Friday, August 5, 2011

Getting Started

Nobody is born a marathon runner. But anyone could be born capable of running a marathon. Unless there is a physical limitation to prevent this (although there are the inspiring few who overcome even this), with determination, training, and nutrition, you (and yes, I mean YOU) can achieve your running goal.


So how did I start? In my previous post, I mentioned how I once loathed running. In high school PE class when we had to run laps around the field, I'd be gasping for air after the first ~400m lap, if I was actually lucky enough to complete the lap. I hated my teacher for forcing us to run and though only negative thoughts about how I couldn't and would never be able to run.
I don't know exactly when things changed for me, but when I was about 20 or 21, I went out for a walk. Frustrated with failed attempts at weight loss for the entirety of my preteen and teenaged years, and negative perceptions about exercise, something ignited inside me and got me out for a walk. My feet carried me to my old school and, you guessed it, I ran around the field! I completed a lap and was very surprised that it didn't kill me. I didn't care if it was anger or adrenaline fueling my run and if my body would hurt the next day; I just kept going. I ran around the school. Then around the field again. Then around the school. I kept going. It felt amazing.


I took the memory of that day, reflected on what worked and applied the theory to future runs. I took on a challenge I felt was outside my comfort zone (the school track that had bad memories attached to), set a goal that wasn't insurmountable (one lap), and pushed myself harder when I met my goals with success.


To this day, I continue to apply the same theories to my running. My current goal is the Victoria Half Marathon on October 9th, 2011. It's not an insurmountable goal as I'm currently running 20-30km per week. But it's somewhat outside my comfort zone as running 21.1km in a day is something I've not done in 7 years! When I successfully complete the half, I'm going to do another one and try to improve my finish time. And soon, I'll be setting the goal of completing my first full marathon. But only when I'm ready, and not before.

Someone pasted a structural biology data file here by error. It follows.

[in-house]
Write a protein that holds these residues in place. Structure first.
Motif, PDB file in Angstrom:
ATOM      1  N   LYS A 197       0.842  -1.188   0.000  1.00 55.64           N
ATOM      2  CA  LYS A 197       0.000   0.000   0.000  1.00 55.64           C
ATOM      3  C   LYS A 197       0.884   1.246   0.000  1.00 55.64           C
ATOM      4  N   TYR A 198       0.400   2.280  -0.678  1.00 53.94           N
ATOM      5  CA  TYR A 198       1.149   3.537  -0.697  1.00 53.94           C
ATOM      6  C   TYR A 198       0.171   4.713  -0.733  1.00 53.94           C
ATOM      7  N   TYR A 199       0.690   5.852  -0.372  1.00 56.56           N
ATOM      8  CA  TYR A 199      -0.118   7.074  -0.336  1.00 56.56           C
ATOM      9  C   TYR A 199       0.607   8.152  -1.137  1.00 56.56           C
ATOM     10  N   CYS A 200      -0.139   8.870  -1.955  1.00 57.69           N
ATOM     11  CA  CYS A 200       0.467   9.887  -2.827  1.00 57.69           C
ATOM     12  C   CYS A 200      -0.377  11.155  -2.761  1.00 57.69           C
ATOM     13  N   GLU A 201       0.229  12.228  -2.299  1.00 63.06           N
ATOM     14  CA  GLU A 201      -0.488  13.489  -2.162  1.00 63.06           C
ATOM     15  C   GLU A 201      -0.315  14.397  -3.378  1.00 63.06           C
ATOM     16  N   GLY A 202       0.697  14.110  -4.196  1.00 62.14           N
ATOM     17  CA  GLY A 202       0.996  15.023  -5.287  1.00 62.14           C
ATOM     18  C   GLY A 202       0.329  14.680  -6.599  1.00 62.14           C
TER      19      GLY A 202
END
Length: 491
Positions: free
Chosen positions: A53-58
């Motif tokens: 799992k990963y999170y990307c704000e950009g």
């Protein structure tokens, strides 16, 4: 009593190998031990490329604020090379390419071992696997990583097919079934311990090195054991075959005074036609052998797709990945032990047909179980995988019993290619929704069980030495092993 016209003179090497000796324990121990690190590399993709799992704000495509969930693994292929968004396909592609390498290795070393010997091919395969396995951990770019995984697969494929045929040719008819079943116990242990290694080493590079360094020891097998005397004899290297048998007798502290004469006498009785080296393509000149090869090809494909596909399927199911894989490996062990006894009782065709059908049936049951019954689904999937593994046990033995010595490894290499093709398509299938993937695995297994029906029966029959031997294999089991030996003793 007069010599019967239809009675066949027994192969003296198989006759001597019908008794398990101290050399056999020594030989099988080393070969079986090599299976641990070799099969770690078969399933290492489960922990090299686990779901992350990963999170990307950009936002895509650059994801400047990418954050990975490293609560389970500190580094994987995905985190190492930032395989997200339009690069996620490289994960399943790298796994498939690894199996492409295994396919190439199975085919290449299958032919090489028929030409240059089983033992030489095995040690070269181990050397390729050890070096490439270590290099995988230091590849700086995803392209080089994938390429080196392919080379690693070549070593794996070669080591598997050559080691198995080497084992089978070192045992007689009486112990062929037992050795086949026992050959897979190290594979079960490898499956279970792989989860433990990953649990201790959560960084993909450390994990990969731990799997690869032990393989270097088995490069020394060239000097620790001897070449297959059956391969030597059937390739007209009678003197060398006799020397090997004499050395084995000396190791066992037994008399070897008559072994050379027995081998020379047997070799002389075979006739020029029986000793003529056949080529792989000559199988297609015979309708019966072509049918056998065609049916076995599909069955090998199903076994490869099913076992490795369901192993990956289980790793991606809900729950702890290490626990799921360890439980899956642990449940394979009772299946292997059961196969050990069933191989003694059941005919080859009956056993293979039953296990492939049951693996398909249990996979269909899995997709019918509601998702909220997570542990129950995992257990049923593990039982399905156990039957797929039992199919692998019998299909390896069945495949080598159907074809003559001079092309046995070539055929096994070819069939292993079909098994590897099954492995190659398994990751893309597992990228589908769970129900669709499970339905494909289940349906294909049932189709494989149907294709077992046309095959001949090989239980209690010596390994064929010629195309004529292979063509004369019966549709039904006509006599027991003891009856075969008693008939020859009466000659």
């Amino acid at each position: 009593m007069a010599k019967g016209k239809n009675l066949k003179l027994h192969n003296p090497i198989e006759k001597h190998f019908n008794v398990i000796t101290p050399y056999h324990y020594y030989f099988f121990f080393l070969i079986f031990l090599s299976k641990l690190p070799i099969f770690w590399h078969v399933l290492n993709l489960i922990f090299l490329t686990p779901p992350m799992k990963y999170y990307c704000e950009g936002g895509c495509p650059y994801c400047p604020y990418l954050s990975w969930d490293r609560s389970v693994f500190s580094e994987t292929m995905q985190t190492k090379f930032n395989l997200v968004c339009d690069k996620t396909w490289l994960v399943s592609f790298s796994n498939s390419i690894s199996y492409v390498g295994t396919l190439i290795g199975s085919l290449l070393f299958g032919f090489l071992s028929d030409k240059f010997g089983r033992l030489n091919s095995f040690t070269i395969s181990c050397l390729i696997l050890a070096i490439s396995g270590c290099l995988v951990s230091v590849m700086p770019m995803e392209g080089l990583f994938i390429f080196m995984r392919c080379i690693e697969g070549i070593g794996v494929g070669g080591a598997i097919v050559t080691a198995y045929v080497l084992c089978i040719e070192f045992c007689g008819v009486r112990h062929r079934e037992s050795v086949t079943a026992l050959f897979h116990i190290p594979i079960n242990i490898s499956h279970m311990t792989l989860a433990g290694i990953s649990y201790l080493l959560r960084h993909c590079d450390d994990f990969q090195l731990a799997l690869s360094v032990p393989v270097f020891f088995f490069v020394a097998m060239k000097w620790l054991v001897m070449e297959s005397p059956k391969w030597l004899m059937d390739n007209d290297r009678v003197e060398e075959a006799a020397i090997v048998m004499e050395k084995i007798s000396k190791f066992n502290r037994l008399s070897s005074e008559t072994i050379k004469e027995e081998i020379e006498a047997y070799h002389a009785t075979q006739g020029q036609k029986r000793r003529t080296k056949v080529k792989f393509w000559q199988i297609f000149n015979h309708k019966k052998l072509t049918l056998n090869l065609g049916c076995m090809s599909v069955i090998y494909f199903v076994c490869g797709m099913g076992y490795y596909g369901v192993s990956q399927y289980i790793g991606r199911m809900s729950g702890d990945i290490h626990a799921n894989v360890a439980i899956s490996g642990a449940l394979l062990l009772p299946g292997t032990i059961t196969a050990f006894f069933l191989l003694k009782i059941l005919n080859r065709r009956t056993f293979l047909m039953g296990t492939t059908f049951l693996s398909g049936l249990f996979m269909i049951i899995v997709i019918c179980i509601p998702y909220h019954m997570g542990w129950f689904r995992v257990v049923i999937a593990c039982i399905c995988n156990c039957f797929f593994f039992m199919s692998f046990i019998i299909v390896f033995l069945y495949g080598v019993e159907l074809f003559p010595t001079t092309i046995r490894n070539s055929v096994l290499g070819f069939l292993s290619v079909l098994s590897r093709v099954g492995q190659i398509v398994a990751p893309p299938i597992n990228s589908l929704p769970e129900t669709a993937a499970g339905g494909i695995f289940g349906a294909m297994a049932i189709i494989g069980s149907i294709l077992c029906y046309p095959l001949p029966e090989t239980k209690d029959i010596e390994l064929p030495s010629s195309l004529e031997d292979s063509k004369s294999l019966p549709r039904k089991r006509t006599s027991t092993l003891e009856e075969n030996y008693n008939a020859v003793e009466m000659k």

The trick is knowing what you're ready for, and not allowing fear or insecurity tell you you are ready for less than what you really are. Be realistic, but aim high and tell fear/insecurity to hit the road (preferably the opposite direction from where you're headed out for your next run).


Last year when I started running again I knew that I was capable of training for a half marathon as I've done it before. But I started with what I was ready for, and signed up for the 5km ChildRun for BC Children's Hospital Foundation. I got sponsors to support me, and that held me accountable to my training. While it's a "fun run" that isn't timed, I was excited to report to friends and family that sponsored me that I finished the run in 32 minutes with a smile on my face.


In training, I started with mapping out routes using an online tool so I could see what 5km was for real! But I didn't start with saying I'd run all 5km at once. I'd run as much as I could and take as many walk breaks as needed. Along the way, I'd set "mini-goals" and push myself. If I were ready for a walk break, I'd tell myself, "not until you reach THAT tree - it will build character". I'd reach said tree, and earmark my next target for when I need to be ready to run again. If I couldn't do it, I wouldn't beat myself up about it. Everyone has bad days. But progress doesn't come if excuses are made consistently.


How did you start running? What prevents / prevented you from starting?


Need motivation? Nothing like buyer's remorse....Go buy yourself a new pair of shoes or a cute running top that's NOT on a discount / clearance sale. You will feel oh so bad about it if you don't get any use out of it :-)


Or if you need more positive motivation than the above (haha! maybe I should have started with this suggestion) - sign up for a race and get sponsors for it if it's attached to a charity. It will keep you accountable to both yourself and those who sponsor you. And the positive encouragement you'll get from friends and family is simply the best!

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